Council of Europe urges Turkey to free Kavala

Council of Europe, Strasbourg

The Council of Europe on Monday renewed its call for Turkey to release Osman Kavala, a critic of President Recep Tayyip Erdoğan who has been jailed for over four years, Agence France-Presse reported.

The call came as the European Court of Human Rights (ECtHR) ruled that Turkey violated Kavala’s rights in 2020 when, already jailed for his alleged support for anti-government protests, he was freed but then re-arrested the same day on charges of seeking to topple the government.

A Turkish court in April sentenced him to life in prison, sparking protests from governments around the world, including the United States, Germany and France, and NGOs such as Amnesty International.

The panel of three judges also jailed seven other defendants for 18 years each on the charge of aiding the attempt to overthrow then-prime minister Erdoğan’s government during large-scale protests in 2013.

Paris-born philanthropist Kavala told the court by video link from a high-security prison near İstanbul that he viewed the entire process as a “judicial assassination.”

In its statement Monday, the ECtHR said Turkey had failed to comply with its earlier ruling to free Kavala.

“We renew our call for Mr Kavala’s immediate release,” said the Council of Europe, which has already launched a rare disciplinary procedure against Turkey over its treatment of Kavala.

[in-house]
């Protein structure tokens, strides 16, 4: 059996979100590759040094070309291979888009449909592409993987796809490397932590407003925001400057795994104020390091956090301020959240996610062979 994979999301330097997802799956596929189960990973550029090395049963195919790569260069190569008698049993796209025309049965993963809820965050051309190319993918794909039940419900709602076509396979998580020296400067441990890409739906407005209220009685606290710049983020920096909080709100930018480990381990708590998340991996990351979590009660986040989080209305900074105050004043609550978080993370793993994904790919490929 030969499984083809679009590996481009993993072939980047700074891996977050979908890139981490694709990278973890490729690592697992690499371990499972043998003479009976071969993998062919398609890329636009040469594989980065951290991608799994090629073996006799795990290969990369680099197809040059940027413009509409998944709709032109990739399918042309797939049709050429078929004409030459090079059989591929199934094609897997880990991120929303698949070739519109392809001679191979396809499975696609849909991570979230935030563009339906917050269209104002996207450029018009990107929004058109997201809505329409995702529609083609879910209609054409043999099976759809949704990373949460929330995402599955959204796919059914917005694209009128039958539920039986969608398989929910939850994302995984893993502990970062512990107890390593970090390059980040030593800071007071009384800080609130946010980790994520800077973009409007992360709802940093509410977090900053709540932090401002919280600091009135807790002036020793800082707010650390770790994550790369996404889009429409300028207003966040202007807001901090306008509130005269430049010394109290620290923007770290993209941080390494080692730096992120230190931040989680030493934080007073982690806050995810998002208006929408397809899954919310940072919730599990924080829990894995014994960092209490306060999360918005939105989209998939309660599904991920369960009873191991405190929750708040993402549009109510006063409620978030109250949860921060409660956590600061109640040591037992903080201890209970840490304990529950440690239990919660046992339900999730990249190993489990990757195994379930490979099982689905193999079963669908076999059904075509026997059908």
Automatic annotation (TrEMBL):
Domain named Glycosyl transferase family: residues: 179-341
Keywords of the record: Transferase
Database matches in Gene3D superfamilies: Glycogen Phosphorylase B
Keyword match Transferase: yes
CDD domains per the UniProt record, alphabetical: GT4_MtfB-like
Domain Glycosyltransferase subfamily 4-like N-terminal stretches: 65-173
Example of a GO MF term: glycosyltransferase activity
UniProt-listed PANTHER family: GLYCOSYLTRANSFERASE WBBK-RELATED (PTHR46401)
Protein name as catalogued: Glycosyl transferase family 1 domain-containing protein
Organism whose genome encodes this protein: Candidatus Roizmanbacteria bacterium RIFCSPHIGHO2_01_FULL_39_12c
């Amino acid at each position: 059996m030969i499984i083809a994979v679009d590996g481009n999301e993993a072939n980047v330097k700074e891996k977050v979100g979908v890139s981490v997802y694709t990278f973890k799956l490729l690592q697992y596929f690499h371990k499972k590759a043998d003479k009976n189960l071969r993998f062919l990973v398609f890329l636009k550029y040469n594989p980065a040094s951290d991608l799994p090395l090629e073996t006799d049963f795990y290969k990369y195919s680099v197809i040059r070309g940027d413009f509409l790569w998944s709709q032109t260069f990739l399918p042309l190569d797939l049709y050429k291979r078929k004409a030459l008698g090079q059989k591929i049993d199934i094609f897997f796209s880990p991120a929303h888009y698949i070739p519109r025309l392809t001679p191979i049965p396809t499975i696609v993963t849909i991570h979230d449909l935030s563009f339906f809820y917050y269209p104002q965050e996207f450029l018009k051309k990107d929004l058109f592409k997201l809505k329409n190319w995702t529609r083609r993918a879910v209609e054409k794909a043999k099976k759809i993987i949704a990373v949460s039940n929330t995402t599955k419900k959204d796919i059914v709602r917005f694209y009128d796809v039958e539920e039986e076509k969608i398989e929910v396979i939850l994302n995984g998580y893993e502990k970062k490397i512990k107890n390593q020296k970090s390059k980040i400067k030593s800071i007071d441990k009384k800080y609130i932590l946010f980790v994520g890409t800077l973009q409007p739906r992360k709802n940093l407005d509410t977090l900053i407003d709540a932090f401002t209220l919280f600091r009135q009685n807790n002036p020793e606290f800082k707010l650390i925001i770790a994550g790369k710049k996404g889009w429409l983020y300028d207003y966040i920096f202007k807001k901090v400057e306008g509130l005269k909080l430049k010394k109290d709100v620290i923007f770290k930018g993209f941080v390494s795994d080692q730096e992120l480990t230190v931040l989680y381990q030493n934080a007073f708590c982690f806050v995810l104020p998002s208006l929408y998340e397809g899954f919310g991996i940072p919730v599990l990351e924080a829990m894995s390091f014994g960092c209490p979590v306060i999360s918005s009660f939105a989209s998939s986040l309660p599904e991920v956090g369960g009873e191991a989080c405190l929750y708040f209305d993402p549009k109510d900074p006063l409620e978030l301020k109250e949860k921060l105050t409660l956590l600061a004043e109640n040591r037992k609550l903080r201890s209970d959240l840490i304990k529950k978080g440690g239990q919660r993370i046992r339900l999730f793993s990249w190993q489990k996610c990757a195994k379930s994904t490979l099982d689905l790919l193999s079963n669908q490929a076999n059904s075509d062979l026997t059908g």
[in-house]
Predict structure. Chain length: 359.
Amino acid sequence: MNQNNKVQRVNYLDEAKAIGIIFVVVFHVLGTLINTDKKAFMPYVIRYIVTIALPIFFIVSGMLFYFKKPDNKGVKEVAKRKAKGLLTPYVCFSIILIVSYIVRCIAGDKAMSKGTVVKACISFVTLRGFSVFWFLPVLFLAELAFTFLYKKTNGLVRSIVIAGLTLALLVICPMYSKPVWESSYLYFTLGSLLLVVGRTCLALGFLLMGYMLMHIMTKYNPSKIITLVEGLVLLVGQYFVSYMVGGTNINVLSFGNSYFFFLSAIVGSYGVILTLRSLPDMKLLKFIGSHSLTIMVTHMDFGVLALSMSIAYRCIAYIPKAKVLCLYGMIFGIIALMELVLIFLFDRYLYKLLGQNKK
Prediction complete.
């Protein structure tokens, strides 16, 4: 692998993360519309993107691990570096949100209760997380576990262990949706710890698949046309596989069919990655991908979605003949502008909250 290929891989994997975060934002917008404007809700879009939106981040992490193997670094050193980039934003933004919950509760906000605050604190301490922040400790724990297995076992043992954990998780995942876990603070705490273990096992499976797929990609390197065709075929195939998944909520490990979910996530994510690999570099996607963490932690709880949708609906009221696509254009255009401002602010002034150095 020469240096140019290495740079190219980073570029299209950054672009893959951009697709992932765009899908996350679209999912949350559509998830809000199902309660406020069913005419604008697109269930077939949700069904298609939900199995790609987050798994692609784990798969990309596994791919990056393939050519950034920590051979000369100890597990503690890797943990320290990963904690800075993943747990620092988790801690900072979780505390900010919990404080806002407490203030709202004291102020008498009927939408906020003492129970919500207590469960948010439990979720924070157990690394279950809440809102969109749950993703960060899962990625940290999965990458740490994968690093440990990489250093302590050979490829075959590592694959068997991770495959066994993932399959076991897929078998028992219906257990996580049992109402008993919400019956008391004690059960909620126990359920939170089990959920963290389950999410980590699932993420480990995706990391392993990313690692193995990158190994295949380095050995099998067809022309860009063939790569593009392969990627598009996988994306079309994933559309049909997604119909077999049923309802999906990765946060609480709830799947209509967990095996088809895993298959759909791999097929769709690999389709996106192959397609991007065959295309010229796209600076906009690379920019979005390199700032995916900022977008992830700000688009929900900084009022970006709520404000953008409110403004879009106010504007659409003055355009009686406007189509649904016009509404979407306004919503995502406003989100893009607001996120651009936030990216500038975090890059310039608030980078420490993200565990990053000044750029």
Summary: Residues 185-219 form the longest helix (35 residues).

Kavala was one of tens of thousands of Turks who were either jailed or fired from their jobs in purges that followed a bloody coup attempt against Erdoğan when he was already president in 2016.

But the seemingly arbitrary nature of the alternating charges filed against Kavala made him a symbol of Erdoğan’s increasing authoritarian streak.

Kavala was first charged with funding the wave of 2013 protests.

A court acquitted and released him in February 2020 — only for the police to arrest him before he had a chance to return home to his wife.

Another court then accused him of being involved in the failed 2016 putsch.

Kavala ultimately ended up facing both sets of charges, which the ECtHR rejected as unproven.

“In the absence of facts, information or evidence showing that he had been involved in criminal activity,” it said, Kavala “could not reasonably be suspected of having committed the offense of attempting to overthrow the government”.

In fact, it said, there was “no plausible reason” to suspect that Kavala had committed any criminal offense at all.

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